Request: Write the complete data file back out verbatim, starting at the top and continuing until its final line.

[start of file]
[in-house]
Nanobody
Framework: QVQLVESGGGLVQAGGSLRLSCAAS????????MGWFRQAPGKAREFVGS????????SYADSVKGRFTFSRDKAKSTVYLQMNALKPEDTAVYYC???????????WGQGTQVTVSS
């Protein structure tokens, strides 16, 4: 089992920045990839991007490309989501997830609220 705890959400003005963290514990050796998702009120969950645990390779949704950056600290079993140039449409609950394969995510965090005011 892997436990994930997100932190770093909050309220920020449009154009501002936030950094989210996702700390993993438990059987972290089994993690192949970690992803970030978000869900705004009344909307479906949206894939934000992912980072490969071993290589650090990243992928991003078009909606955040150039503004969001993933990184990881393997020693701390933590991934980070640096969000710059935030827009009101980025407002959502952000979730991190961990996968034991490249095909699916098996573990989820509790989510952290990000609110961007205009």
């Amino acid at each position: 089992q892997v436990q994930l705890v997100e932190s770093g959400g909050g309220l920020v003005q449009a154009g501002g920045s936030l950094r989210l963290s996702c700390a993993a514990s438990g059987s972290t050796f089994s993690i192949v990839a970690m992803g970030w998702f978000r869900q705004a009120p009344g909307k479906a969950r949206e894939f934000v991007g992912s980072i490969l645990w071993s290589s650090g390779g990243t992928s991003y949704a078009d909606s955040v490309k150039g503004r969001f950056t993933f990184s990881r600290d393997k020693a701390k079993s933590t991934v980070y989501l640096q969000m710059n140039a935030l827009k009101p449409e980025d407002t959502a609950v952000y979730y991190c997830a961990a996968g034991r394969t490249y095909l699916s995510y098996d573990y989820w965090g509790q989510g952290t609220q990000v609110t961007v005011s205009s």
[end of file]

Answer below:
[in-house]
Nanobody
Framework: QVQLVESGGGLVQAGGSLRLSCAAS????????MGWFRQAPGKAREFVGS????????SYADSVKGRFTFSRDKAKSTVYLQMNALKPEDTAVYYC???????????WGQGTQVTVSS
């Protein structure tokens, strides 16, 4: 089992920045990839991007490309989501997830609220 705890959400003005963290514990050796998702009120969950645990390779949704950056600290079993140039449409609950394969995510965090005011 892997436990994930997100932190770093909050309220920020449009154009501002936030950094989210996702700390993993438990059987972290089994993690192949970690992803970030978000869900705004009344909307479906949206894939934000992912980072490969071993290589650090990243992928991003078009909606955040150039503004969001993933990184990881393997020693701390933590991934980070640096969000710059935030827009009101980025407002959502952000979730991190961990996968034991490249095909699916098996573990989820509790989510952290990000609110961007205009």
């Amino acid at each position: 089992q892997v436990q994930l705890v997100e932190s770093g959400g909050g309220l920020v003005q449009a154009g501002g920045s936030l950094r989210l963290s996702c700390a993993a514990s438990g059987s972290t050796f089994s993690i192949v990839a970690m992803g970030w998702f978000r869900q705004a009120p009344g909307k479906a969950r949206e894939f934000v991007g992912s980072i490969l645990w071993s290589s650090g390779g990243t992928s991003y949704a078009d909606s955040v490309k150039g503004r969001f950056t993933f990184s990881r600290d393997k020693a701390k079993s933590t991934v980070y989501l640096q969000m710059n140039a935030l827009k009101p449409e980025d407002t959502a609950v952000y979730y991190c997830a961990a996968g034991r394969t490249y095909l699916s995510y098996d573990y989820w965090g509790q989510g952290t609220q990000v609110t961007v005011s205009s």